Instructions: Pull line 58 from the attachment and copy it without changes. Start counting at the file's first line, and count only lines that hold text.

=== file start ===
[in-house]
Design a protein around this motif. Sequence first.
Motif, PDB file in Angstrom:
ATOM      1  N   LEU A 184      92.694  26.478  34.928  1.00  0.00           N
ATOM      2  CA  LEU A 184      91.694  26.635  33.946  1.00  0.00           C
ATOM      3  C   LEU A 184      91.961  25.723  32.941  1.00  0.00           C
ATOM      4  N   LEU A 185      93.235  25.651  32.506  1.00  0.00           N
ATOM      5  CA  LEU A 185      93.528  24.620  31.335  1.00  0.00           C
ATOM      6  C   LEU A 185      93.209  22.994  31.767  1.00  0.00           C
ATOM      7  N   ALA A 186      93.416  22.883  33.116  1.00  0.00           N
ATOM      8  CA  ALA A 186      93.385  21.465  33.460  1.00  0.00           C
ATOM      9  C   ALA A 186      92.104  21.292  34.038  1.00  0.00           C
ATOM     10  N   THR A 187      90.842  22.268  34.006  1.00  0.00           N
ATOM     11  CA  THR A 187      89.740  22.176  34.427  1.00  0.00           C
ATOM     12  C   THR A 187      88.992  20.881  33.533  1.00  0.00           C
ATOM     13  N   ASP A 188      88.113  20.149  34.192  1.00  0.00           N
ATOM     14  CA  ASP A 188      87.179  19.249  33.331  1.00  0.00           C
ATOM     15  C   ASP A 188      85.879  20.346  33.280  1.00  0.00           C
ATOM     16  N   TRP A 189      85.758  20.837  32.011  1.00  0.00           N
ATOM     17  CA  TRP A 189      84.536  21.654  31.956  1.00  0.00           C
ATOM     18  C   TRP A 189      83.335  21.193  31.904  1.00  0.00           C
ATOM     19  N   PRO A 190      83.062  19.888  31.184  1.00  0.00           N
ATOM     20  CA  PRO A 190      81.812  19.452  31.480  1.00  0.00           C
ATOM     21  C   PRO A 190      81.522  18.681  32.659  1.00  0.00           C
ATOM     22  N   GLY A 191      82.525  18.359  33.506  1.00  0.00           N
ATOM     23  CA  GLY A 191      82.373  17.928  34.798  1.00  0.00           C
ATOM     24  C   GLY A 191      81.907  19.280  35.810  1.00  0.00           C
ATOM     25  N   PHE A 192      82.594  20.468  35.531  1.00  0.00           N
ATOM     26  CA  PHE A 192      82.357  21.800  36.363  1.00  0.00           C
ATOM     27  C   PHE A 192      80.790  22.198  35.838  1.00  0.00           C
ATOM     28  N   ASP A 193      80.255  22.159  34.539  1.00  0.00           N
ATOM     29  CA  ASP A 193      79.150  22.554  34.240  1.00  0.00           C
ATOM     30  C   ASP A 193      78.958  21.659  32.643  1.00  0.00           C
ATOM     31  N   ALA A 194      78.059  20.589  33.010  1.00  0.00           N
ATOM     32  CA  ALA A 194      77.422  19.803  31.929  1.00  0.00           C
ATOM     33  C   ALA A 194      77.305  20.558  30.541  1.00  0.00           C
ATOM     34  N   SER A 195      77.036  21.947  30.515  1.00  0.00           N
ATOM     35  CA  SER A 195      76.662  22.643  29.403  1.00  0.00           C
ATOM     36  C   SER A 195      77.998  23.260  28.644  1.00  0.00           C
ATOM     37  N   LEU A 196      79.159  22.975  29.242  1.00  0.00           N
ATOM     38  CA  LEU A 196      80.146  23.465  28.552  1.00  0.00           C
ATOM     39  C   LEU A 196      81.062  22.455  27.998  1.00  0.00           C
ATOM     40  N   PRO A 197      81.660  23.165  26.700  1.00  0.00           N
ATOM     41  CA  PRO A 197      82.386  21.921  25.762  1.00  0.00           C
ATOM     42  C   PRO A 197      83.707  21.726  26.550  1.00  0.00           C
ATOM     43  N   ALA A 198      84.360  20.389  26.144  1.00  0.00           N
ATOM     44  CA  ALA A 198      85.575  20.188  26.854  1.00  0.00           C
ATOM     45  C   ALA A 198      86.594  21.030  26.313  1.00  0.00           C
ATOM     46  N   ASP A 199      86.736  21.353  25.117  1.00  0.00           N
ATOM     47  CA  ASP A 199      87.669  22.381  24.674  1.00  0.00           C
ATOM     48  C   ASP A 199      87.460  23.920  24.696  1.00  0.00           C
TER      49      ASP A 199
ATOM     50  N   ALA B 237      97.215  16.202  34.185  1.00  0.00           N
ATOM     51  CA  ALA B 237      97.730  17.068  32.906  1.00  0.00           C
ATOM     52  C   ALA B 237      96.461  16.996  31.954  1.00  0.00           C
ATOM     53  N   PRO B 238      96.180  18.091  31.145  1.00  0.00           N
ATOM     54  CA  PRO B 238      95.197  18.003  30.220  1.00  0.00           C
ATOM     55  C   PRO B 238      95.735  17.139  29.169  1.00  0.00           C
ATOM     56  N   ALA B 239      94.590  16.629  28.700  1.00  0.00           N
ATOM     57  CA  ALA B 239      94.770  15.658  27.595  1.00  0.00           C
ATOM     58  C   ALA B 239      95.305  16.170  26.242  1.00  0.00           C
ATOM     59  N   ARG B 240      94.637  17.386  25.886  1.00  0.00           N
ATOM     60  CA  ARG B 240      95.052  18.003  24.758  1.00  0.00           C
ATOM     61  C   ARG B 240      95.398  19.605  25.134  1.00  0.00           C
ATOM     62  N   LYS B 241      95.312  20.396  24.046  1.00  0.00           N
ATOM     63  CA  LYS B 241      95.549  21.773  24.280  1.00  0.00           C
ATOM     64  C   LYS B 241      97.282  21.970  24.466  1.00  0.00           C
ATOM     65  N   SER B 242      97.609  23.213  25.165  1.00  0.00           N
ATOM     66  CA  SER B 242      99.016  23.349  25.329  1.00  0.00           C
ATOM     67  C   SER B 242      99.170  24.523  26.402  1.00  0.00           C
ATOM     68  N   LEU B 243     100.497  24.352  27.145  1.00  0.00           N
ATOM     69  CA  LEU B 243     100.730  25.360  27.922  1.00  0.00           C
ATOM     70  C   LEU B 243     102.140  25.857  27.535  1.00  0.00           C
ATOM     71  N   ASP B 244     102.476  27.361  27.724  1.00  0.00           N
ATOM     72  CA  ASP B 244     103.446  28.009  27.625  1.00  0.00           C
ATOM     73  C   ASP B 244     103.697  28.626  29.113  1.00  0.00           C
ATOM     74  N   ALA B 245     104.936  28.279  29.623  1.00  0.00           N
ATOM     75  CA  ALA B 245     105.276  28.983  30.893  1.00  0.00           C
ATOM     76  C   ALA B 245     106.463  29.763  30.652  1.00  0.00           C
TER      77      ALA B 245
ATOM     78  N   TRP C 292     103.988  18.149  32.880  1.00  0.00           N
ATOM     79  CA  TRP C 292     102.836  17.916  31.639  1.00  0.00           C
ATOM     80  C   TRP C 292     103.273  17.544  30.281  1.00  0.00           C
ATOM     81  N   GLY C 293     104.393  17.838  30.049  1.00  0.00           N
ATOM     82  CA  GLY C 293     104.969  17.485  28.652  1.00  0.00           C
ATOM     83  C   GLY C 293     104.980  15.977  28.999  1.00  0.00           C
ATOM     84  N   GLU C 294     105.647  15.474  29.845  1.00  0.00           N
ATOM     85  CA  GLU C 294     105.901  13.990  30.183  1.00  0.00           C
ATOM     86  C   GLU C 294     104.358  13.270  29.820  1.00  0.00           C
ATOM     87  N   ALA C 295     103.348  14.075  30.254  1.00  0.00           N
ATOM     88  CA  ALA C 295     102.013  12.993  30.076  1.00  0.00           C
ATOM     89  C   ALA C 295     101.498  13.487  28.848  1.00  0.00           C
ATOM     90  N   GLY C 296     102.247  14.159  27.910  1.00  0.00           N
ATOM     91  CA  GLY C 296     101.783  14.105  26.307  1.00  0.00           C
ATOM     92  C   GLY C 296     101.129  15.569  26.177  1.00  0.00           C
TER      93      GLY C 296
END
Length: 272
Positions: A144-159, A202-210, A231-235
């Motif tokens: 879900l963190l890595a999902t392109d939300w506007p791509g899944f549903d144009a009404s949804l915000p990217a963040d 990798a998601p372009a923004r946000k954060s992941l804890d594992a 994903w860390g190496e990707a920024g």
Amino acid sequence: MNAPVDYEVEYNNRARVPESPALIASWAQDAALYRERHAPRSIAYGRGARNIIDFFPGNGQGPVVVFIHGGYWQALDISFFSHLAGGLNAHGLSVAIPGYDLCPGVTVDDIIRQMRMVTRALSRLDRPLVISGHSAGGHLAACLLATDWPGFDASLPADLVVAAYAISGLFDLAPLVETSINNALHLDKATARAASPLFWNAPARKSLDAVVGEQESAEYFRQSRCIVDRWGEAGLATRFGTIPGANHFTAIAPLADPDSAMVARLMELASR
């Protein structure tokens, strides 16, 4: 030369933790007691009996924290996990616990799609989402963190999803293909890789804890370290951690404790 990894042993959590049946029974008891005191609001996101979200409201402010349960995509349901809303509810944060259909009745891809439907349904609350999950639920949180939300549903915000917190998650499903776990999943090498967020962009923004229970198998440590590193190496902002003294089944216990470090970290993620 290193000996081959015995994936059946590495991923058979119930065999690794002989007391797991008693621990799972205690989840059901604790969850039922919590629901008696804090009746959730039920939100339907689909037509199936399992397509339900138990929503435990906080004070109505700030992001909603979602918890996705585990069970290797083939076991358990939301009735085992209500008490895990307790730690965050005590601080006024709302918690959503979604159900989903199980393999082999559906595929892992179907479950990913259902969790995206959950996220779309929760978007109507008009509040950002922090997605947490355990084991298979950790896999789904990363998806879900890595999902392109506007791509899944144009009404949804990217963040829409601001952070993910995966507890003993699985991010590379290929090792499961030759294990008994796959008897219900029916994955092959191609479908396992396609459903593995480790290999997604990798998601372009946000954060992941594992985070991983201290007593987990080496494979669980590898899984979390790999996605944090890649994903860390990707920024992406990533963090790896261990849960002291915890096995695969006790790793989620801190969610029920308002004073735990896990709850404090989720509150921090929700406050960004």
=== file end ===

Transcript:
ATOM     55  C   PRO B 238      95.735  17.139  29.169  1.00  0.00           C